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ARS Home » Midwest Area » Peoria, Illinois » National Center for Agricultural Utilization Research » Functional Foods Research » Research » Publications at this Location » Publication #298678

Title: Amylose-potassium oleate inclusion complex in plain set-style yogurt

item Singh, Mukti
item Byars, Jeffrey
item Kenar, James - Jim

Submitted to: Journal of Food Science
Publication Type: Peer Reviewed Journal
Publication Acceptance Date: 12/30/2013
Publication Date: 6/30/2014
Publication URL:
Citation: Singh, M., Byars, J.A., Kenar, J.A. 2014. Amylose-potassium oleate inclusion complex in plain set-style yogurt. Journal of Food Science. 79(5):E822-E827.

Interpretive Summary: Health and wellness aspirations of U.S.consumers continue to drive the demand for lower fat from inherently beneficial foods such as yogurt. Fat plays a significant role in gel strength, texture and syneresis, which is the separation of liquid from gel. In this research, we determined the addition of 3% Amylose-potassium oleate inclusion complex (AIC) strengthened skim milk yogurt gels and reduced separation during storage, similar to full fat yogurts. AIC can be simply prepared on large scale using commercially available steam jet cookers and renewable low cost commodity amylose-containing starches and fatty acid salts. This information will benefit the dairy industry by providing alternative to stabilizers and fat replacers in yogurt. This will also benefit the US consumer by providing choice of healthy alternative without sacrificing the quality of yogurt.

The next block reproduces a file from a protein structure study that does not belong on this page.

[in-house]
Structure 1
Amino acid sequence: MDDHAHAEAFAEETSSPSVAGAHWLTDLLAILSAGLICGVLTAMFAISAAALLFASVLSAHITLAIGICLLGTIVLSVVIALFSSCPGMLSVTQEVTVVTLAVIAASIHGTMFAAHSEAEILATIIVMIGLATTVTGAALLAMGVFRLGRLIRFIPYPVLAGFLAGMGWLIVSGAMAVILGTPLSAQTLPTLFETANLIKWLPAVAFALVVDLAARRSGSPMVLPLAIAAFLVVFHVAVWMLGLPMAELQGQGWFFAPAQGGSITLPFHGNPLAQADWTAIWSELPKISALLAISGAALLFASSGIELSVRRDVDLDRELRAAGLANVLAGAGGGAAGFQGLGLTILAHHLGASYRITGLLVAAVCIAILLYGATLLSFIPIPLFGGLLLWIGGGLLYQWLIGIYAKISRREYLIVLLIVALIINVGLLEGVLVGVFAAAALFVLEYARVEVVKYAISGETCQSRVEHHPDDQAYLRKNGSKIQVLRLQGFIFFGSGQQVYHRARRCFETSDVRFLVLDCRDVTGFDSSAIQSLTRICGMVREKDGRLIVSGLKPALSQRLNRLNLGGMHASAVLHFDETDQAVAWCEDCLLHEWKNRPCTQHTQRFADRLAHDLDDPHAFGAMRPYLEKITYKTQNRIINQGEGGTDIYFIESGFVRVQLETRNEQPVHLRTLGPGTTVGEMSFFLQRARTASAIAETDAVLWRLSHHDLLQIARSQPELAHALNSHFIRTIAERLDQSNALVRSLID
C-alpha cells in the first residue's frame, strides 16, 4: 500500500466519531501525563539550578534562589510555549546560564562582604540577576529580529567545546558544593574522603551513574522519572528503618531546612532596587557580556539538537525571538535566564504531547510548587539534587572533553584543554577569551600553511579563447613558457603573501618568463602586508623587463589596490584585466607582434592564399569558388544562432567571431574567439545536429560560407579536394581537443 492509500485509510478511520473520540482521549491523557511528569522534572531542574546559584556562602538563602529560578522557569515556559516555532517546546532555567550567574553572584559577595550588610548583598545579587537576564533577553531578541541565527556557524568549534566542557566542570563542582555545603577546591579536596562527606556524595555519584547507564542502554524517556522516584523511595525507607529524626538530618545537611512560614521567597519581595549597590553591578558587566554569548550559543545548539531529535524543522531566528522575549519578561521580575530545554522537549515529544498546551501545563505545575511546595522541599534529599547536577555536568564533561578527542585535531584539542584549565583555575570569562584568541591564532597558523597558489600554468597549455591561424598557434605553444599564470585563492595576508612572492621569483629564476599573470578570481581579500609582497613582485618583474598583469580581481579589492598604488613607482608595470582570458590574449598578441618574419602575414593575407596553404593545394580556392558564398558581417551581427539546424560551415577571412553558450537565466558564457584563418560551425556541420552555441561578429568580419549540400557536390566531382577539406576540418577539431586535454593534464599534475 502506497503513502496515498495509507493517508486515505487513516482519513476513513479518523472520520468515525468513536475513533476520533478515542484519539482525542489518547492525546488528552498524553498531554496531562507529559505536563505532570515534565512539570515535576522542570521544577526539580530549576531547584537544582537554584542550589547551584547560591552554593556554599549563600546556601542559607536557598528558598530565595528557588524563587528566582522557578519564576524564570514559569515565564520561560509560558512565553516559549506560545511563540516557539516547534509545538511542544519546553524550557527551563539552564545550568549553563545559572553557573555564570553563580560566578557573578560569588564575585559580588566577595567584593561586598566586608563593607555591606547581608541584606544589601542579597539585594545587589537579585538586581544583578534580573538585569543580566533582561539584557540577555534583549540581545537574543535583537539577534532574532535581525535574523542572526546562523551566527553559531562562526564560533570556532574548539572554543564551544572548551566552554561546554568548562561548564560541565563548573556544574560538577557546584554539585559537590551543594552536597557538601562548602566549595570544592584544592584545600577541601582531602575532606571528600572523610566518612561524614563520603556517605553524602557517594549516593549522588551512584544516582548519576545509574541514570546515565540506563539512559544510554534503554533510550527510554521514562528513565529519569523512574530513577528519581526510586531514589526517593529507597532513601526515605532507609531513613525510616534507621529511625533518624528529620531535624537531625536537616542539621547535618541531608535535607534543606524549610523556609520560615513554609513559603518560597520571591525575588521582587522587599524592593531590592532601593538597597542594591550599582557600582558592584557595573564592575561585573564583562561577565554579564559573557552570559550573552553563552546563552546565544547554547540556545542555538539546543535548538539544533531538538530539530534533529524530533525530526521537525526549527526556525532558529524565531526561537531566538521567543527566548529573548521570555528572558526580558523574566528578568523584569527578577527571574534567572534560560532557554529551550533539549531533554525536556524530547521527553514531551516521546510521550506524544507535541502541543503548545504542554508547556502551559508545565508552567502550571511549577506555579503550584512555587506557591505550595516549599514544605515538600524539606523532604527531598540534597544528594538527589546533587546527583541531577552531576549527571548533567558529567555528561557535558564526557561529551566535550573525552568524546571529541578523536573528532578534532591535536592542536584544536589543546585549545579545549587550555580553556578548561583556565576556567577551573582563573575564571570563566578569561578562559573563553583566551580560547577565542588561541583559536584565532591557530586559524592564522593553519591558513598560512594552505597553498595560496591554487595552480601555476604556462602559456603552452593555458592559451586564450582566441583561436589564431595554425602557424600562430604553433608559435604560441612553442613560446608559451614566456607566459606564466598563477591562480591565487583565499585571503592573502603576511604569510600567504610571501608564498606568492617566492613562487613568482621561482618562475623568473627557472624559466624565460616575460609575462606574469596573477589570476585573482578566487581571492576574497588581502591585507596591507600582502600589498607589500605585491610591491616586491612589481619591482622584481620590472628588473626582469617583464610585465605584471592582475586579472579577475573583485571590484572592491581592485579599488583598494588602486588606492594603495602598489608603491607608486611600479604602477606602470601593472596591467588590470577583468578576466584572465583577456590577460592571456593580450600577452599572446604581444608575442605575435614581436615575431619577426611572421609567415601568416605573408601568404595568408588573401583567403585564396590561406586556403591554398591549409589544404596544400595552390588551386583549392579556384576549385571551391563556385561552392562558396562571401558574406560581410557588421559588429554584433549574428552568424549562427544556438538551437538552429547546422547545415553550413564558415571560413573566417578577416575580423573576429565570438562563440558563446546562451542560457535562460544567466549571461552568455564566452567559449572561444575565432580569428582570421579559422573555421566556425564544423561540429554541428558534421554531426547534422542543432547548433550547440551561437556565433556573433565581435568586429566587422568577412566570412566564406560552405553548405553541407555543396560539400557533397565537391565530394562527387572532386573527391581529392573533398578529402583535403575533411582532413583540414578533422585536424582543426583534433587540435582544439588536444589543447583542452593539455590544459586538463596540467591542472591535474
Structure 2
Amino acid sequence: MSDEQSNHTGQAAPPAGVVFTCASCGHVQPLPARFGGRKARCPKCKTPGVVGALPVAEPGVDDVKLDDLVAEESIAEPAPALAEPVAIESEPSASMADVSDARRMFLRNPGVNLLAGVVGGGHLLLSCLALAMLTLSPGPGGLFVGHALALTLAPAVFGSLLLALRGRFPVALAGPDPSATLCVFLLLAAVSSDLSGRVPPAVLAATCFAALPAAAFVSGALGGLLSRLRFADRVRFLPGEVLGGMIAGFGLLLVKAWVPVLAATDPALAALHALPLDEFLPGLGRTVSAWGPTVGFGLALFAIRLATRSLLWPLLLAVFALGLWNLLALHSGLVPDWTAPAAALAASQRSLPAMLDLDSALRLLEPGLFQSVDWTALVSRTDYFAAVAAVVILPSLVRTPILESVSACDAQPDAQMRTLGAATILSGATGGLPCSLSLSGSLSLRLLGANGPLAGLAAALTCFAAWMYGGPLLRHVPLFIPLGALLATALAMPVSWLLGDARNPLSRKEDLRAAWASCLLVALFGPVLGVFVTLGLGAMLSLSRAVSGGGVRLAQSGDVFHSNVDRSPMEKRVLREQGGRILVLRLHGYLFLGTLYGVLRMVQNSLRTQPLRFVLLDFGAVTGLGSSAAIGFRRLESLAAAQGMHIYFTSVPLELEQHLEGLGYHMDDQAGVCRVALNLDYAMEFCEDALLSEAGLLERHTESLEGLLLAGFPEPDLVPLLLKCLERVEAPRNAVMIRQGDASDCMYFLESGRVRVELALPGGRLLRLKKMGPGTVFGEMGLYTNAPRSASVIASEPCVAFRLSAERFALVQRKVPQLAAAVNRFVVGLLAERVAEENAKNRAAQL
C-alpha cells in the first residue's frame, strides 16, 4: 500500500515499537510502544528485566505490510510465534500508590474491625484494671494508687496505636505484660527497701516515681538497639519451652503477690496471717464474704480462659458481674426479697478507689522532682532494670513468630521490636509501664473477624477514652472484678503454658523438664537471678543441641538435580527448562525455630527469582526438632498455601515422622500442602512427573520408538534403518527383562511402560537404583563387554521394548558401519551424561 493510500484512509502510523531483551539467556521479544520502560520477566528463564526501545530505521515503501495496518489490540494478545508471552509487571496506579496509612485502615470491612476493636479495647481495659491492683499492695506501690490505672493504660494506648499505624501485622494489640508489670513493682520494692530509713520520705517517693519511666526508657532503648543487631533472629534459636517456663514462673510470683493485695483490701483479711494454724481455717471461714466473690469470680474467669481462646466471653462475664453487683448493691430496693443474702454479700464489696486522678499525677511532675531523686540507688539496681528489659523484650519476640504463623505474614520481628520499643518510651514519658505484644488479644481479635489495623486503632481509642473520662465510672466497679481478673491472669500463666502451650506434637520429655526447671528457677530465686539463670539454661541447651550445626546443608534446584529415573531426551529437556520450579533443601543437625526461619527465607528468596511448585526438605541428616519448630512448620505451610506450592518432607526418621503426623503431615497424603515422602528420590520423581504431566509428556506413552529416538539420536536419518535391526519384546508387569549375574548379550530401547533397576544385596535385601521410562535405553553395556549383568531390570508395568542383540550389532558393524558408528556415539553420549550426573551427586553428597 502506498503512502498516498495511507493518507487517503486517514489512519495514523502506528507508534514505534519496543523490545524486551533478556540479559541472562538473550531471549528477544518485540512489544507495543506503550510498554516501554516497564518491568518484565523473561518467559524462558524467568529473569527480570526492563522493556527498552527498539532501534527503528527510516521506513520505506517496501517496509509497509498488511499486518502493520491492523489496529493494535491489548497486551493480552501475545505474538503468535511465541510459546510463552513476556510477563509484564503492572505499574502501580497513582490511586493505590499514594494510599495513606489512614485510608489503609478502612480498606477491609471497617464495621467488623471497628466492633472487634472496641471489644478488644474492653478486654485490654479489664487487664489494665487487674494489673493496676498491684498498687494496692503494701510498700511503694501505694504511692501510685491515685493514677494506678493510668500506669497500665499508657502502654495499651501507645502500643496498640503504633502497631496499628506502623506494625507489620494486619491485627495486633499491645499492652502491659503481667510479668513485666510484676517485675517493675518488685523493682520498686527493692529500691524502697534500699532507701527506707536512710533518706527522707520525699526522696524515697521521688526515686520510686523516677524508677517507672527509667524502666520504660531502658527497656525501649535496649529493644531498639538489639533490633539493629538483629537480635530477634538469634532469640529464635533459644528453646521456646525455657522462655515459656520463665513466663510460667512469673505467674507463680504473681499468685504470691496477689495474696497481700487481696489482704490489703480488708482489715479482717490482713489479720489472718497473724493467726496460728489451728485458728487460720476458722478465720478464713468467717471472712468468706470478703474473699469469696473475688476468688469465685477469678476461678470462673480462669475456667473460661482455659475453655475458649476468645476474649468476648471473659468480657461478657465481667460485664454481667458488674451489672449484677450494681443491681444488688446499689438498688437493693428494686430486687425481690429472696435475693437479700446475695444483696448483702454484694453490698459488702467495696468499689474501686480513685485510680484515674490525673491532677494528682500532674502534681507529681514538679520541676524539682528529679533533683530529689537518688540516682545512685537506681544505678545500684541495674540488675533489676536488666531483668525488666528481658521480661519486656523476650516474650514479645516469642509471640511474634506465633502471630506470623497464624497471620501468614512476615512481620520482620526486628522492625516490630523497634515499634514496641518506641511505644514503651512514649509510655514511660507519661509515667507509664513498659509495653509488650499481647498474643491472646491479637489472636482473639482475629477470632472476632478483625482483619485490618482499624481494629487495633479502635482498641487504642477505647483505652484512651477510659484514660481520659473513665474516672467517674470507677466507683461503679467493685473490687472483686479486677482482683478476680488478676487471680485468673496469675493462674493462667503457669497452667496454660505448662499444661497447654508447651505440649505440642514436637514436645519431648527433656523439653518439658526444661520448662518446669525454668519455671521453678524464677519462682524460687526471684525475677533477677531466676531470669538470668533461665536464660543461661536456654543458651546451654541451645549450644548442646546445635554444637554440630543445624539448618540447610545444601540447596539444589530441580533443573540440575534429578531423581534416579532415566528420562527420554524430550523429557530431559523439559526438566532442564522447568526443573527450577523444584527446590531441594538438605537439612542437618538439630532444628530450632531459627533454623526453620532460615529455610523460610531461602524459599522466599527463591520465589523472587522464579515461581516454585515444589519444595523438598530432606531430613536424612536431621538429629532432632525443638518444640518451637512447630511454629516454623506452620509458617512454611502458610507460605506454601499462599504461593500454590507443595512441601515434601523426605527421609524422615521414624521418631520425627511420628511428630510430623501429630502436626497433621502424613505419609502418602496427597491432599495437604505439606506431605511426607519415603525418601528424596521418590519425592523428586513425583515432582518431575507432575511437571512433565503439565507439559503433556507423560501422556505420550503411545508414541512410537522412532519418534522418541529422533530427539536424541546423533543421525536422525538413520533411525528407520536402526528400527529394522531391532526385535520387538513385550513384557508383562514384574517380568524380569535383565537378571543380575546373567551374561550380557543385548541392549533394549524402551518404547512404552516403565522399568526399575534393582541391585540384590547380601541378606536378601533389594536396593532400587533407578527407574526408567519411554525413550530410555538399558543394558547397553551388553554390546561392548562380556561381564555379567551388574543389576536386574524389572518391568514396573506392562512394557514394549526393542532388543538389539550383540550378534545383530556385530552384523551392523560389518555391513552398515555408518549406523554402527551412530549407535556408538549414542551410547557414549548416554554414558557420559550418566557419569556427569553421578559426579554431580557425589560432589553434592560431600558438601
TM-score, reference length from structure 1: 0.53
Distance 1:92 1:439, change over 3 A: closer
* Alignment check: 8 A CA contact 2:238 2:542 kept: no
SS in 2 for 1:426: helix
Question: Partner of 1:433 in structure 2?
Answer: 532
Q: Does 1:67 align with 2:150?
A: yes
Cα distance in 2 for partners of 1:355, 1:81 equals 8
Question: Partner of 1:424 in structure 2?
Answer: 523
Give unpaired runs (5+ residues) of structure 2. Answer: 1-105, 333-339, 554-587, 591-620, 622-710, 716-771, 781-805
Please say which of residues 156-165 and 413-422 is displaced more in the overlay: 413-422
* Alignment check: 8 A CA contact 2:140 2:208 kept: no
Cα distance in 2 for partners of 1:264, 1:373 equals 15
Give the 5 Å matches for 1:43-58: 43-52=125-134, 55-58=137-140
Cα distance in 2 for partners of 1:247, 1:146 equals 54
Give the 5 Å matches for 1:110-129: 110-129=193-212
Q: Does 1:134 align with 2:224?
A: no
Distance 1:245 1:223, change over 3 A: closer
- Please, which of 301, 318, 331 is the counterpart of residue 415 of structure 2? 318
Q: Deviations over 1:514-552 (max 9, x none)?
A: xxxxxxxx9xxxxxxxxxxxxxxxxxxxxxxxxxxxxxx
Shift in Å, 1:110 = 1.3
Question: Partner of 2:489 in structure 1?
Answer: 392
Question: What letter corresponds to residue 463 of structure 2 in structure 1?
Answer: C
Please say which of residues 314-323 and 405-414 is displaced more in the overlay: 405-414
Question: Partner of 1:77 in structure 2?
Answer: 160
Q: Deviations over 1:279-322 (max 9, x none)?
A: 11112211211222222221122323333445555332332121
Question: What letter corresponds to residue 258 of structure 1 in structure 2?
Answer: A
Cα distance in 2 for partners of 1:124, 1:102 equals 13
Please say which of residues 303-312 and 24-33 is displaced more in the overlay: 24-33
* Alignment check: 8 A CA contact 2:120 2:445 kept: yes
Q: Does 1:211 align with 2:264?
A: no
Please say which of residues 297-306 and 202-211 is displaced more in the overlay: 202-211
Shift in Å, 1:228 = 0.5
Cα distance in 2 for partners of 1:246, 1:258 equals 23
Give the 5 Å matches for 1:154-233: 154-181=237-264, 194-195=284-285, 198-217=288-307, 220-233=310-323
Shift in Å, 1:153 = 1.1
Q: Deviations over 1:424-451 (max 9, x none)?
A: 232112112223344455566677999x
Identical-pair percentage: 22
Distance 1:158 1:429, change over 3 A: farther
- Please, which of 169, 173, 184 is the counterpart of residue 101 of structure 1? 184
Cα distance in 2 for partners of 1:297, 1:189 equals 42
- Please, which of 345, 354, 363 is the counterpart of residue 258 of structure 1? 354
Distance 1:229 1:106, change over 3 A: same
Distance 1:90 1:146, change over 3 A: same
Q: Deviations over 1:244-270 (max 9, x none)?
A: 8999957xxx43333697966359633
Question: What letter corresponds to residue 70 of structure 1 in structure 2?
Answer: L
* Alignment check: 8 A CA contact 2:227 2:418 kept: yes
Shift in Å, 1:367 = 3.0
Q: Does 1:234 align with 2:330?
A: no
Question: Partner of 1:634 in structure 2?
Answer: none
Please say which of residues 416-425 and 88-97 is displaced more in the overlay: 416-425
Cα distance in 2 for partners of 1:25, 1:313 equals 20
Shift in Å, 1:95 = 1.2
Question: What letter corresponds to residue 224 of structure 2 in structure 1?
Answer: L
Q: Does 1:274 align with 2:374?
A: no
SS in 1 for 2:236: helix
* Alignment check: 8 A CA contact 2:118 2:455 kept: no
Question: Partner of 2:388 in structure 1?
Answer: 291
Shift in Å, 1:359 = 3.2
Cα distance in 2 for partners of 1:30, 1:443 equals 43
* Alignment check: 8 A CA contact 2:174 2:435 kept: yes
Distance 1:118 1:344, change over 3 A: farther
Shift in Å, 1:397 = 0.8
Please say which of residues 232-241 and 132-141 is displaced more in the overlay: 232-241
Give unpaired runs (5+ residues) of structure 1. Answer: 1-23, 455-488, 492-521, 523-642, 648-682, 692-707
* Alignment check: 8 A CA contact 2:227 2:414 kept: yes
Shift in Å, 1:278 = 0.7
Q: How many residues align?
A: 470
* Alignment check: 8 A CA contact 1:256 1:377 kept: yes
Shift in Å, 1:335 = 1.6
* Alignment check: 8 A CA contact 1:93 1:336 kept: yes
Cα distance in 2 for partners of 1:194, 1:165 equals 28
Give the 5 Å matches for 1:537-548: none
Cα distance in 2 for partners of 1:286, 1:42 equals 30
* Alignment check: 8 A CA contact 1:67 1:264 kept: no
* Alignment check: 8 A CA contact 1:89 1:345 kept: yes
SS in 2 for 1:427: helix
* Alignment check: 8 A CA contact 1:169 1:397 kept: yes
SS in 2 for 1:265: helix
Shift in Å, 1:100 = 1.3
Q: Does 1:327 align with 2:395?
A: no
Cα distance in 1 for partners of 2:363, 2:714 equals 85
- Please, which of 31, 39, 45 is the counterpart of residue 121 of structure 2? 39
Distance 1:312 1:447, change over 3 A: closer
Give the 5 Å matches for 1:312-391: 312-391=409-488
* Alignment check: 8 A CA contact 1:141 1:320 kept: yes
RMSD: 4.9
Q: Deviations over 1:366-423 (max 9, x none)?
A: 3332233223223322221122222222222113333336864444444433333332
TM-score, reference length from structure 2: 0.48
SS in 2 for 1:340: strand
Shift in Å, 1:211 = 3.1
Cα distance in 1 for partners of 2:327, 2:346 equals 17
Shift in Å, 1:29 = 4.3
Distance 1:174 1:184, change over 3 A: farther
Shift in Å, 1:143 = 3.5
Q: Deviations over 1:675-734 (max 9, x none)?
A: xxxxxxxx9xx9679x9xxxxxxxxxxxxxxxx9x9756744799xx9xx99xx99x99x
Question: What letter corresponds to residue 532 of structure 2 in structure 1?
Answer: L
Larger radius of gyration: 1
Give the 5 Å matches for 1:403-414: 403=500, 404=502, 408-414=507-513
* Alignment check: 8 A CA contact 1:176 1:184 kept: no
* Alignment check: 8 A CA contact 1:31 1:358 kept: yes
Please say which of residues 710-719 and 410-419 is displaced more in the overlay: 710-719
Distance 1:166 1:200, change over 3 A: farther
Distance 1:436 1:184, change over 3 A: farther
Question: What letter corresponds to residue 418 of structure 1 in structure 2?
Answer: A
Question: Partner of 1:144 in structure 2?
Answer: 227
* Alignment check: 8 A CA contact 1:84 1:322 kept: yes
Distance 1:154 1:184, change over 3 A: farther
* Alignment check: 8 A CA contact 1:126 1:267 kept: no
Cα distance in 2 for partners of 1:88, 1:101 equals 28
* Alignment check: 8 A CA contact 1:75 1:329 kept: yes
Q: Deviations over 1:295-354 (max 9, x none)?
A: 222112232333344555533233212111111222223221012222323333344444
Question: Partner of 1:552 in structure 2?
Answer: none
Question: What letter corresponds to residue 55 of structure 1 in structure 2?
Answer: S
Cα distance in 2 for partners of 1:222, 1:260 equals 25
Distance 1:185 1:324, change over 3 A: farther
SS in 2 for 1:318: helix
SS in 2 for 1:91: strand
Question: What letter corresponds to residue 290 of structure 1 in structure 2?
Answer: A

Technical Abstract: Amylose-potassium oleate inclusion complex (AIC) were used to replace skim milk solids in yogurt. The effect of AIC on yogurt fermentation and small amplitude oscillatory shear flow measurements of storage and loss moduli were studied and compared to full fat samples. Texture, storage modulus, and syneresis of yogurt was observed over 4 weeks of storage at 4 oC. Yogurt mixes with skim milk solids partially replaced by AIC fermented at a similar rate as no milk solids replaced and full fat milk. Initial viscosity was higher for yogurt mixes with AIC. The addition of 3% AIC strengthened the gel and resulted in reduced syneresis for yogurt samples stored for 4 weeks.